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Who Won the Election?


Saturday, May 4, 2024, was the designated general uniform election date set by the Texas Secretary of State. The Texas laws that govern elections is logically called the Texas Election Code and it applies to all “general, special, and primary elections held in this state,” Election Code Sec. 1.002. Texas law dictates that in order to maintain uniformity in applying and using the election laws, the Code designates the secretary of state as the chief election officer. Election Code Sec. 31.003; Bullock v. Calvert, 480 S.W.2d 367, 371 (Tex. 1972).  In the recent 2023 legislative session, Section 2.025 of the Texas Election Code was revised to require the Secretary of State to set the runoff date for all runoff elections resulting from an election held on a uniform election date. Saturday, June 15, 2024, has been designated the election date for all runoff elections resulting from elections held by local political subdivisions on May 4, 2024.

As discussed in previous blogs, there are several types of cities in Texas; home rule charter cities, and 3 types of general law cities.  Type A General Law cities are governed by Chapter 22 of the Texas Local Government Code and per Section 22.004, a Plurality Vote is required for election of an officer.  To be elected to an office of the municipality, a person must receive more votes than any other person for the office.  In addition, Texas Election Code 2.001 states “except as otherwise provided by law” a plurality vote is required wherein a candidate must “receive more votes than any other candidate for the office.” Council members in cities with two-year terms may be elected by winning a plurality of votes, unless altered by city charter or if the terms of office exceed 2 years.

Regarding the exception to Section 2.001 (3 or 4 year terms), if a home-rule municipality sets (by city charter) terms of office at more than two but less than four years, Article XI, Section 11 of the Texas Constitution requires that an elected officer win “by majority vote of the qualified voters.” Texas Constitution Art. XI, Sec. 11 (a).  That same provision allows a general law city to choose to require a majority vote rather than plurality vote, however that requires an election on the length of terms of office.  The Texas Secretary of State defines a majority as follows:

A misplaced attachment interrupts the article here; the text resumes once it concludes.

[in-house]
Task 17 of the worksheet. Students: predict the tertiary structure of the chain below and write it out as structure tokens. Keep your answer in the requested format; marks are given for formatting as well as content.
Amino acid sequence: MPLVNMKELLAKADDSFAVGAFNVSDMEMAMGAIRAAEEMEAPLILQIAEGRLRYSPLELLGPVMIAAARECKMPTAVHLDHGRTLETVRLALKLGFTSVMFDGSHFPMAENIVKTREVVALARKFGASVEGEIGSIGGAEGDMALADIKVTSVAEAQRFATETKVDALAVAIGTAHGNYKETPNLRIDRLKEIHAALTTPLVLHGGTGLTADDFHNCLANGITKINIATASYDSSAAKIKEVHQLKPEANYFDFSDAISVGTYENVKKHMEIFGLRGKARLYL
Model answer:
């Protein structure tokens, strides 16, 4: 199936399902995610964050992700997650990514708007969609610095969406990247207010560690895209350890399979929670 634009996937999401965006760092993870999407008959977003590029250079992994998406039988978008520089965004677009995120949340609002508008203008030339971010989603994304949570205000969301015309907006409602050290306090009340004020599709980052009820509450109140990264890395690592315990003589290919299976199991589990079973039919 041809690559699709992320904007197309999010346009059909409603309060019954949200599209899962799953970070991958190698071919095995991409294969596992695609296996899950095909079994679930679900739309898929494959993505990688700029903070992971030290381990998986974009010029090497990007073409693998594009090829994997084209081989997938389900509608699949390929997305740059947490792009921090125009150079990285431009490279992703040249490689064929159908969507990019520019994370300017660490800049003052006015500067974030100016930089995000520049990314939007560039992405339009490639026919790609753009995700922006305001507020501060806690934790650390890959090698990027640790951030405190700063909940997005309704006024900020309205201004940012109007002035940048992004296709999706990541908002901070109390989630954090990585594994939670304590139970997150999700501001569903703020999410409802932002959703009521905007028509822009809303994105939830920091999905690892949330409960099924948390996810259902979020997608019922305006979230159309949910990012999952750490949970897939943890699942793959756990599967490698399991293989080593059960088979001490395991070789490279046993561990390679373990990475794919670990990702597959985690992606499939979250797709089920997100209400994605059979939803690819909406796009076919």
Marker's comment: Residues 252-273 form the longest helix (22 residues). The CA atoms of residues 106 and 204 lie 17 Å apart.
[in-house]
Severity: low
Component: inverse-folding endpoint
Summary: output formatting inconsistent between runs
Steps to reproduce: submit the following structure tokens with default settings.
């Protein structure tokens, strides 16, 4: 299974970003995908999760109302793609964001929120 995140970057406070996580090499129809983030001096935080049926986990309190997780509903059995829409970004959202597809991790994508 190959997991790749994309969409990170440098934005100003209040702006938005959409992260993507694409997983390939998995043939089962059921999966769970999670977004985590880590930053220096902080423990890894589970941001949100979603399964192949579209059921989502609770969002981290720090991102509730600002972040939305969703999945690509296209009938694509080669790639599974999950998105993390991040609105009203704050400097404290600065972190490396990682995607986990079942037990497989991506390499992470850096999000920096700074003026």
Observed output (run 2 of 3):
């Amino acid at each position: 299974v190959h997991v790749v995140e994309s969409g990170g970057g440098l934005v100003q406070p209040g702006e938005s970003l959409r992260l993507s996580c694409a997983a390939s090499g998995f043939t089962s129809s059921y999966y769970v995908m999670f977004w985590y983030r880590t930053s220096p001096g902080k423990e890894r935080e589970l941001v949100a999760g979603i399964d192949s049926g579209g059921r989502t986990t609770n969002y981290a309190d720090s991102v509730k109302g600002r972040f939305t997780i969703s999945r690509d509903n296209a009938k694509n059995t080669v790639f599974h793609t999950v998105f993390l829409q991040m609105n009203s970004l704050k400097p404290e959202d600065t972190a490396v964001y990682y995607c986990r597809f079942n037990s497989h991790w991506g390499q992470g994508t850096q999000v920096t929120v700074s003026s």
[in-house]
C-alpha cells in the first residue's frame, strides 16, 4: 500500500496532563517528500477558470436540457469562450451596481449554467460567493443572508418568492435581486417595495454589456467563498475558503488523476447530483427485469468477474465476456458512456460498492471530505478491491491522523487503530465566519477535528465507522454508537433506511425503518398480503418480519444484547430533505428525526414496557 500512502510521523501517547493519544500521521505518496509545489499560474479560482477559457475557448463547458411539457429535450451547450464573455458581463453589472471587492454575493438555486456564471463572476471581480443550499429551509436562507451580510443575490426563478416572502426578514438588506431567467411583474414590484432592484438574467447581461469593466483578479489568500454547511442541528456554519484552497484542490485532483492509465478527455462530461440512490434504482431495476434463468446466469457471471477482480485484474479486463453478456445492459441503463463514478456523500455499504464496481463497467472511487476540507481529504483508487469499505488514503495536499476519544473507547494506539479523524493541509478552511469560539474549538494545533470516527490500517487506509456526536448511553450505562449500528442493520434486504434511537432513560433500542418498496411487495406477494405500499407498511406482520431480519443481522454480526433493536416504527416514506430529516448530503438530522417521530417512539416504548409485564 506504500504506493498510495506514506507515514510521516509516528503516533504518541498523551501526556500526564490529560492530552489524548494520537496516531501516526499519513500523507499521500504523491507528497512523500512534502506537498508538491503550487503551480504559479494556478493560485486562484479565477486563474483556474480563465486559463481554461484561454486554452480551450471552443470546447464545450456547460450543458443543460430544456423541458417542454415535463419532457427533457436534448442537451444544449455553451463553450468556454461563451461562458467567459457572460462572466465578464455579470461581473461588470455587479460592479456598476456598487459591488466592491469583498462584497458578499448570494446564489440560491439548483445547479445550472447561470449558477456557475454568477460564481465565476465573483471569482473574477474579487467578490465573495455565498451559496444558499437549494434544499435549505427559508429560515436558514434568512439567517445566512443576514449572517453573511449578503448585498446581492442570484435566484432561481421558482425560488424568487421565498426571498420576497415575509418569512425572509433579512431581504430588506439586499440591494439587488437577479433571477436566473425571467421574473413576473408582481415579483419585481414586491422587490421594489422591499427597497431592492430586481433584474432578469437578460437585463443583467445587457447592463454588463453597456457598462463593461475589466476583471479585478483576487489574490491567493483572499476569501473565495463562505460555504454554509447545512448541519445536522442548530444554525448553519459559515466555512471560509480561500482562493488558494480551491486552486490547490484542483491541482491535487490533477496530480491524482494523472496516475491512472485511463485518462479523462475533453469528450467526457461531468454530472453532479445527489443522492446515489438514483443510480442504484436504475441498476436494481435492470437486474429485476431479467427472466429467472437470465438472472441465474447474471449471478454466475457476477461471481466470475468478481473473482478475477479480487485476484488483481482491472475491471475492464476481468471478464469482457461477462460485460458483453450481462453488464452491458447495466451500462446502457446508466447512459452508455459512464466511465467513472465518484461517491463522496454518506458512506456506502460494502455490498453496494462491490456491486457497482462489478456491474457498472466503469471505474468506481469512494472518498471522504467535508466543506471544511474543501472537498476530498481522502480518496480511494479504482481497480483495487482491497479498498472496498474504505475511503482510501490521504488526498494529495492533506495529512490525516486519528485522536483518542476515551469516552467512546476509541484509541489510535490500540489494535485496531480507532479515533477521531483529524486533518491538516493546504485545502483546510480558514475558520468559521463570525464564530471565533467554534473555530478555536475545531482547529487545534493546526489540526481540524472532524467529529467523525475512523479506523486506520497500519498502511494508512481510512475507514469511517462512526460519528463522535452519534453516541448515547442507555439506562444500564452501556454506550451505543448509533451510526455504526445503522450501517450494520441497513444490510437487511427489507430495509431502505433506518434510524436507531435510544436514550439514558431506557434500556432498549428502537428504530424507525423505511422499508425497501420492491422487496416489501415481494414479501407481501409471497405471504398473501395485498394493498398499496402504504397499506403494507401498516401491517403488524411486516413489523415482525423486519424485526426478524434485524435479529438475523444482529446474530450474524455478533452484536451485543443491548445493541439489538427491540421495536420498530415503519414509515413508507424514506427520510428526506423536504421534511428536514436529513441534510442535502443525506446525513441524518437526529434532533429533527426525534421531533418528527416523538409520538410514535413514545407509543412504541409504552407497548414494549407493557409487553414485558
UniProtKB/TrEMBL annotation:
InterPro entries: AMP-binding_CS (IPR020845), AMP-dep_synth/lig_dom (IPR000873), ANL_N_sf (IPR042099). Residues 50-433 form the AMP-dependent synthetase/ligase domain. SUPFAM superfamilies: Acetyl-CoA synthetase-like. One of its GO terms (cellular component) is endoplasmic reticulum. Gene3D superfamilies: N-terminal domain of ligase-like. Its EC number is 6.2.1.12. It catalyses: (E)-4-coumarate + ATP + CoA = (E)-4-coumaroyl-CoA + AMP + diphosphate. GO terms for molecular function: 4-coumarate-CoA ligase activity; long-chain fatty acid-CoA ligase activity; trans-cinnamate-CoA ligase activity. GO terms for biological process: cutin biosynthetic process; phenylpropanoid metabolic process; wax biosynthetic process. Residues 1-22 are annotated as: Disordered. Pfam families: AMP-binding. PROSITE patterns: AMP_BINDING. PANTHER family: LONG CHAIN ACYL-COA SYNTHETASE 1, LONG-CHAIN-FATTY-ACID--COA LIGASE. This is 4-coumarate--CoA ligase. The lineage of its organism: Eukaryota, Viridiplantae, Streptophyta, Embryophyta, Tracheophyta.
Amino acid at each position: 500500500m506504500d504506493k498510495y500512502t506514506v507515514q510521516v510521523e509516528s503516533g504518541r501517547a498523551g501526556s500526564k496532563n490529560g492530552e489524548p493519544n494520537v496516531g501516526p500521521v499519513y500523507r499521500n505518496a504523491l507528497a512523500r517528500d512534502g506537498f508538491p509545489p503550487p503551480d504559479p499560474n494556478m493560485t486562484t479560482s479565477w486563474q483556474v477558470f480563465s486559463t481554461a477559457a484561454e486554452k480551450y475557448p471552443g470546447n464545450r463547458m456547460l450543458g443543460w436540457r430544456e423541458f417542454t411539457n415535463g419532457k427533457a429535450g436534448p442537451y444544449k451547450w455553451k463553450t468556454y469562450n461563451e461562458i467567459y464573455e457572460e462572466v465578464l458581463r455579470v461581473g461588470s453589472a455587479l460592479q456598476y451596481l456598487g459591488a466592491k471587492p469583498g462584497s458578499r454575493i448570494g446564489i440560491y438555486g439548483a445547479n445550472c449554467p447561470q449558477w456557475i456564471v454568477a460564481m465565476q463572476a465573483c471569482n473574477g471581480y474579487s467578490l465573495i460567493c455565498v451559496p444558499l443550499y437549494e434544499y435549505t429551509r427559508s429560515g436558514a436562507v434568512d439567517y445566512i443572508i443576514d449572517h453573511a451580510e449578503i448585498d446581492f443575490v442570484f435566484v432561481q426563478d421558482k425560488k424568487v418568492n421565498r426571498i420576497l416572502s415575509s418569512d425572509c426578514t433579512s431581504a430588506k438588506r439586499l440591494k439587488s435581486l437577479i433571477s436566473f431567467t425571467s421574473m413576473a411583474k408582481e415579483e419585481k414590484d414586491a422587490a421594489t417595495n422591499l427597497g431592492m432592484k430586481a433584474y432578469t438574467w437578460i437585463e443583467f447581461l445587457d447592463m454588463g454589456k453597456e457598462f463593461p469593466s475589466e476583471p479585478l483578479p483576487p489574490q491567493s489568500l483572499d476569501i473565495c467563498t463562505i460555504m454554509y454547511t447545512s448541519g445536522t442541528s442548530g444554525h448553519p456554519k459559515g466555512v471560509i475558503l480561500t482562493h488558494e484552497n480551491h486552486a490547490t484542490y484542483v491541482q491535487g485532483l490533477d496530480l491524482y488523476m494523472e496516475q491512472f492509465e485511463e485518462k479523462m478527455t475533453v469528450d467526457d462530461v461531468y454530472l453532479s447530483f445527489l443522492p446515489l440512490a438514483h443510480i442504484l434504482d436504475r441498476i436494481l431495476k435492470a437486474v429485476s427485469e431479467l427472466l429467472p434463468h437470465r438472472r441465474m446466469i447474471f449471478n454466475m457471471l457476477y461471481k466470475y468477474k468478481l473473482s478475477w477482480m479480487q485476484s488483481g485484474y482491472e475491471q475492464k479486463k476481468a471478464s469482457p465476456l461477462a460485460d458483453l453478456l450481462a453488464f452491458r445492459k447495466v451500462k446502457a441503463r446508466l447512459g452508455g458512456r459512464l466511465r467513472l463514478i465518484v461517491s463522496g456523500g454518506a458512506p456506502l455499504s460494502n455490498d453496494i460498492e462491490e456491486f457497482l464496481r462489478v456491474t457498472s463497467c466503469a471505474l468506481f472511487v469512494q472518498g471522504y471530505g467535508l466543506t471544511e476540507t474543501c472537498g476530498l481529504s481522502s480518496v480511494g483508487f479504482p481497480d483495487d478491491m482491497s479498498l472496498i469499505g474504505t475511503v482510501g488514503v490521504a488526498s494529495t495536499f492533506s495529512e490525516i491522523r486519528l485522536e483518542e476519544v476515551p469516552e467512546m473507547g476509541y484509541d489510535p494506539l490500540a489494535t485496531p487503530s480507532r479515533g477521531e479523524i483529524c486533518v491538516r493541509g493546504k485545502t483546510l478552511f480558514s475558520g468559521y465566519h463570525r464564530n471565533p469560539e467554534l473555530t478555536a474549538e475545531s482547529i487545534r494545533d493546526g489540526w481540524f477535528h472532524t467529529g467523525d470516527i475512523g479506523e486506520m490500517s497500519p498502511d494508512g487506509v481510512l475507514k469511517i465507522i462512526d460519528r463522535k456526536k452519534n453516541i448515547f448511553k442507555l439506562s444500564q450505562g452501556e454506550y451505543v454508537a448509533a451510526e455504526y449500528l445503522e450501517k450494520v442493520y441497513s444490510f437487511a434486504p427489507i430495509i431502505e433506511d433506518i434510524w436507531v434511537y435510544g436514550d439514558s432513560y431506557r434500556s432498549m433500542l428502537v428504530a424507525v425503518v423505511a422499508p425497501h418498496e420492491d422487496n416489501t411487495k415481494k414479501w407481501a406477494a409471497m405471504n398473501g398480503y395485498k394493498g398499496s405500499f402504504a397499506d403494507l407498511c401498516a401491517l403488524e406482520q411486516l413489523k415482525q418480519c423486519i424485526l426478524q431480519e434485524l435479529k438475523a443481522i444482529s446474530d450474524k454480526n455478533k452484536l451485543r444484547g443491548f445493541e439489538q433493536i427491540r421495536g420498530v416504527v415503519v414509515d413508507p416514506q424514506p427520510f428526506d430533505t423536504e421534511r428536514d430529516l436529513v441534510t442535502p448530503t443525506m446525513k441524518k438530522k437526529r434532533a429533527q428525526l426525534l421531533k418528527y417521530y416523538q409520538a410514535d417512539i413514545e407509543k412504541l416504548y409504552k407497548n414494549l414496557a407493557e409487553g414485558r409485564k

Majority: More than 50%. If no candidate receives more than 50% of the vote in an election requiring a majority, then a runoff election is required between the top two vote getters.

Texas courts have opined that the word “majority” as used in Texas statutes has been interpreted in the “traditional sense” so that a majority vote consists of more than one half of the original votes, as cast and not re-assigned by the voter’s secondary or tertiary intent, and if no candidate receives more than half the votes, a runoff election is required. See Estrada v. Adam, 951 S.W.2d 165 (Tex. App. — Corpus Christi 1997, no writ).

Chapter 275 of the Texas Election Code applies to cities in Texas with more than 200,000 residents.  The Texas Election Code (the “Code”) provides that cities over 200,000 in population must elect by “majority.” The Code defines “majority” as follows:  Section 275.002. Majority Vote Required; To be elected to a city office, a candidate must receive a majority of the total number of votes received by all candidates for the office.

If the results reflect no winner with the necessary number of votes where a majority vote is required, then the Election Code Section 2.021 requires a runoff election.  A candidate running for a position in a general law type A city, however, may be elected by a plurality vote or majority vote dependent upon term length as mentioned above.

If there is no winner, then Article XVI, Section 17 of the Texas Constitution states an officer in Texas “continues to perform the duties of office” or holds over in office until a successor is duly qualified.  A successor may be chosen either by election by majority vote or, if the office is vacant, by appointment. See, Plains Common Consol. Sch. Dist. No. I v. Hayhurst, 122 S.W.2d 322,326-27 (Tex. Civ. App.-Amarillo 1938, no writ) (discussing holdover provision).

Please do not rely on this article as legal advice. We can tell you what the law is, but until we know the facts of your given situation, we cannot provide legal guidance. This website is for informational purposes and not for the purposes of providing legal advice. 

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